Man Uses Facebook to Track Down Deceased Wife's Stolen Ford Mustang GT
The best kind of crowdsourcing.
Another day, another car thief done in by the power of Facebook. A Texas truck driver has been reunited with his stolen 2011 Ford Mustang GT—a car he built up with his wife before she passed away—after a Facebook post he created detailing the theft was shared almost 4,000 times and led to a crucial tip in the case.
According to KPRC 2 News, Dwight Sanders was on the road in Kentucky last Monday when he got the call every homeowner dreads: there had been a break-in at his property back in Baytown, Texas. The thieves allegedly took several guns, a few sets of keys, and most importantly, the Ford Mustang GT that he and his wife Dolores had bought together and spent years customizing before she died of cervical cancer in 2014.
"When they told me the car was gone, it was like my heart dropped. It meant more to me than anything," Sanders told KPRC, adding that it was the last tangible connection he still had to her memory.
With police searching the surrounding area, Sanders decided he could do one better for his dearly-departed wife and wrote up a Facebook post with pictures of the Mustang, asking people to be on the lookout for the stolen car. That proved to be all the difference—the story quickly caught on and was shared almost 4,000 times. Several days later, a stranger messaged him to say they'd seen the distinctive Mustang, license plate and all, in the small town of Magnolia about seventy miles from Sanders' home.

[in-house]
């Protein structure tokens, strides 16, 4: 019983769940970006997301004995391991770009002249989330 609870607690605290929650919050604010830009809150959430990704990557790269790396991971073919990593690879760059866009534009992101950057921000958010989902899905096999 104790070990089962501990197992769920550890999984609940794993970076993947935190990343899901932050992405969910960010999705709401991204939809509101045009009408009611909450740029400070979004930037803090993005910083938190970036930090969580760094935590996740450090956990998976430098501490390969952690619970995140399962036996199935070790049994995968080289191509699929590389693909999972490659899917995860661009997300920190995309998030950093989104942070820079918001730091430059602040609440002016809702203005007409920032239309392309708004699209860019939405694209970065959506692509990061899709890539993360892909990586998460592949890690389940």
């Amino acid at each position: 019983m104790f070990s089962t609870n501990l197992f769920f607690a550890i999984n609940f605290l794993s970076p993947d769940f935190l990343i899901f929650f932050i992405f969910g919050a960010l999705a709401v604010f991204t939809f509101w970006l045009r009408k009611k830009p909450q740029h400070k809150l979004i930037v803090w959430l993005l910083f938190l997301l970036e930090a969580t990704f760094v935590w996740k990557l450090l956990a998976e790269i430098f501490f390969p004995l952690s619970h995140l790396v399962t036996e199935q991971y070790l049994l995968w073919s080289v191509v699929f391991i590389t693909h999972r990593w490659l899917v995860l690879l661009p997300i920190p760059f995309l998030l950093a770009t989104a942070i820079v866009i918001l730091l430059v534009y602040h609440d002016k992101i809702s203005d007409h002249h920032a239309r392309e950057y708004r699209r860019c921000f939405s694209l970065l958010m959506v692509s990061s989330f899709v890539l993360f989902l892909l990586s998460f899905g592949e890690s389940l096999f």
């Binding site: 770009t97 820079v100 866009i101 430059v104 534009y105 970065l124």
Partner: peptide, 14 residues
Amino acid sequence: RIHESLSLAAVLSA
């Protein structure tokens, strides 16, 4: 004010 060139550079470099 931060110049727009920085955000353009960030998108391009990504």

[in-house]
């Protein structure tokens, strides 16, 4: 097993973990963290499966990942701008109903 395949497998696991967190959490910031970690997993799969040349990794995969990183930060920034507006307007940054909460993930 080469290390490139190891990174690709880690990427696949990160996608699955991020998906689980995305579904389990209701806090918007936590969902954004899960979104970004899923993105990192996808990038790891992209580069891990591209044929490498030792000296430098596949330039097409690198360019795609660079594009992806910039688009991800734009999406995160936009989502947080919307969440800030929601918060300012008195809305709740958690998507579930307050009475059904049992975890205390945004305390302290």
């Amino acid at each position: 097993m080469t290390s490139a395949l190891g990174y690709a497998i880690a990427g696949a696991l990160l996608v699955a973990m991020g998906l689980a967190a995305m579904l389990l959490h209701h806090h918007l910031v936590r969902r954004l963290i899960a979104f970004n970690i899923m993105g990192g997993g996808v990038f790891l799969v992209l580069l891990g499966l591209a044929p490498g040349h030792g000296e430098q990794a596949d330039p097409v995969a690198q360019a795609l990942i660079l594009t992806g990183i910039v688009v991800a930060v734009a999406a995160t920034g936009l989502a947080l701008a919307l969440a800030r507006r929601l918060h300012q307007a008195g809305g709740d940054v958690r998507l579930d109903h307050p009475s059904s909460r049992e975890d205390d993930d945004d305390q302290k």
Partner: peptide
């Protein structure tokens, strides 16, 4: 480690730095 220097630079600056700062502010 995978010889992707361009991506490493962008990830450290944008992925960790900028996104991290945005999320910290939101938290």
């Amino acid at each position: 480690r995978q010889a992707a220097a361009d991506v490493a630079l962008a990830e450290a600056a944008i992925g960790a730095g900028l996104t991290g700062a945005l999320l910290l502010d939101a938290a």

On top of that, the tipster was pretty sure a local man named William "Billy" Deforest was driving it, according to The Courier. Deputies with the Montgomery County Sheriff's Office responded to the report and found the Ford Mustang GT (thankfully still the same color) hidden on his property, covered with a tarp and surrounded by junk. In an amusing twist, Deforest rode up to the scene on a bicycle while officers were still processing the car. He was quickly detained, the keys to the Mustang were found in his possession, and the pony car was returned to its rightful owner.
"Social media is wonderful, and honestly, if you’re going to steal a car, why are you going to leave a license plate on there?" Sanders said to KPRC.
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